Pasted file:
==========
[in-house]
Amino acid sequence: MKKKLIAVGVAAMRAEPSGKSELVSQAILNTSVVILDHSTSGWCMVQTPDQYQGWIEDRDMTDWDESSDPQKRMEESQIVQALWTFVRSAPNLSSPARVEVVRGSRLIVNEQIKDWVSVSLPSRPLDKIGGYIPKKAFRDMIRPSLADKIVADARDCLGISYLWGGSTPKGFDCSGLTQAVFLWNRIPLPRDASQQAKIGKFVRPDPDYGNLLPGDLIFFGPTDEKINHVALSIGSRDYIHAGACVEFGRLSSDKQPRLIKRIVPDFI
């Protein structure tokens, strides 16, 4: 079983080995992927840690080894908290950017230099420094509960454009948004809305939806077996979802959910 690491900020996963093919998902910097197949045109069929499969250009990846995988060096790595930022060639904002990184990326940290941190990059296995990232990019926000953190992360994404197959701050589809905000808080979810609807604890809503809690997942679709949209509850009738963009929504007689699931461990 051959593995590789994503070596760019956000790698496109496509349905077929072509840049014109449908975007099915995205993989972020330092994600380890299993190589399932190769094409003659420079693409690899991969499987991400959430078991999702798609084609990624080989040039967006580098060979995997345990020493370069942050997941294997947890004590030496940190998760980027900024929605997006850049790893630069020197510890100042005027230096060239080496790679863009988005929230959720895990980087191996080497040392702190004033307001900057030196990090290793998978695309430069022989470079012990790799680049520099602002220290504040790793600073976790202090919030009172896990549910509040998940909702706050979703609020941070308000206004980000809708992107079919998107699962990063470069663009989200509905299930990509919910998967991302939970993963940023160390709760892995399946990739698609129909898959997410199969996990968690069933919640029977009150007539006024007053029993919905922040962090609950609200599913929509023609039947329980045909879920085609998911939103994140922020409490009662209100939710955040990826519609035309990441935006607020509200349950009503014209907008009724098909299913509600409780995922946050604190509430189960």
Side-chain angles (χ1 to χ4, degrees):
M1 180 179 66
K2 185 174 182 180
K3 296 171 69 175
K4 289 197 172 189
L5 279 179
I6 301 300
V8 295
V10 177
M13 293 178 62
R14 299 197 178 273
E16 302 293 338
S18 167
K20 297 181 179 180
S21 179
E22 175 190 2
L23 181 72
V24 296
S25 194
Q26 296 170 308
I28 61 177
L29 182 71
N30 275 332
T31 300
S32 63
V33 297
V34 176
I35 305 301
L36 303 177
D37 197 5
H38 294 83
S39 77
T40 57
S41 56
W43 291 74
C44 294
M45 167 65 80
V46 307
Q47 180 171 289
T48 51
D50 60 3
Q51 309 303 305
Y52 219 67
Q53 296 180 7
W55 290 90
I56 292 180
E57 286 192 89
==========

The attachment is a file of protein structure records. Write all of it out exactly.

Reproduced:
[in-house]
Amino acid sequence: MKKKLIAVGVAAMRAEPSGKSELVSQAILNTSVVILDHSTSGWCMVQTPDQYQGWIEDRDMTDWDESSDPQKRMEESQIVQALWTFVRSAPNLSSPARVEVVRGSRLIVNEQIKDWVSVSLPSRPLDKIGGYIPKKAFRDMIRPSLADKIVADARDCLGISYLWGGSTPKGFDCSGLTQAVFLWNRIPLPRDASQQAKIGKFVRPDPDYGNLLPGDLIFFGPTDEKINHVALSIGSRDYIHAGACVEFGRLSSDKQPRLIKRIVPDFI
């Protein structure tokens, strides 16, 4: 079983080995992927840690080894908290950017230099420094509960454009948004809305939806077996979802959910 690491900020996963093919998902910097197949045109069929499969250009990846995988060096790595930022060639904002990184990326940290941190990059296995990232990019926000953190992360994404197959701050589809905000808080979810609807604890809503809690997942679709949209509850009738963009929504007689699931461990 051959593995590789994503070596760019956000790698496109496509349905077929072509840049014109449908975007099915995205993989972020330092994600380890299993190589399932190769094409003659420079693409690899991969499987991400959430078991999702798609084609990624080989040039967006580098060979995997345990020493370069942050997941294997947890004590030496940190998760980027900024929605997006850049790893630069020197510890100042005027230096060239080496790679863009988005929230959720895990980087191996080497040392702190004033307001900057030196990090290793998978695309430069022989470079012990790799680049520099602002220290504040790793600073976790202090919030009172896990549910509040998940909702706050979703609020941070308000206004980000809708992107079919998107699962990063470069663009989200509905299930990509919910998967991302939970993963940023160390709760892995399946990739698609129909898959997410199969996990968690069933919640029977009150007539006024007053029993919905922040962090609950609200599913929509023609039947329980045909879920085609998911939103994140922020409490009662209100939710955040990826519609035309990441935006607020509200349950009503014209907008009724098909299913509600409780995922946050604190509430189960």
Side-chain angles (χ1 to χ4, degrees):
M1 180 179 66
K2 185 174 182 180
K3 296 171 69 175
K4 289 197 172 189
L5 279 179
I6 301 300
V8 295
V10 177
M13 293 178 62
R14 299 197 178 273
E16 302 293 338
S18 167
K20 297 181 179 180
S21 179
E22 175 190 2
L23 181 72
V24 296
S25 194
Q26 296 170 308
I28 61 177
L29 182 71
N30 275 332
T31 300
S32 63
V33 297
V34 176
I35 305 301
L36 303 177
D37 197 5
H38 294 83
S39 77
T40 57
S41 56
W43 291 74
C44 294
M45 167 65 80
V46 307
Q47 180 171 289
T48 51
D50 60 3
Q51 309 303 305
Y52 219 67
Q53 296 180 7
W55 290 90
I56 292 180
E57 286 192 89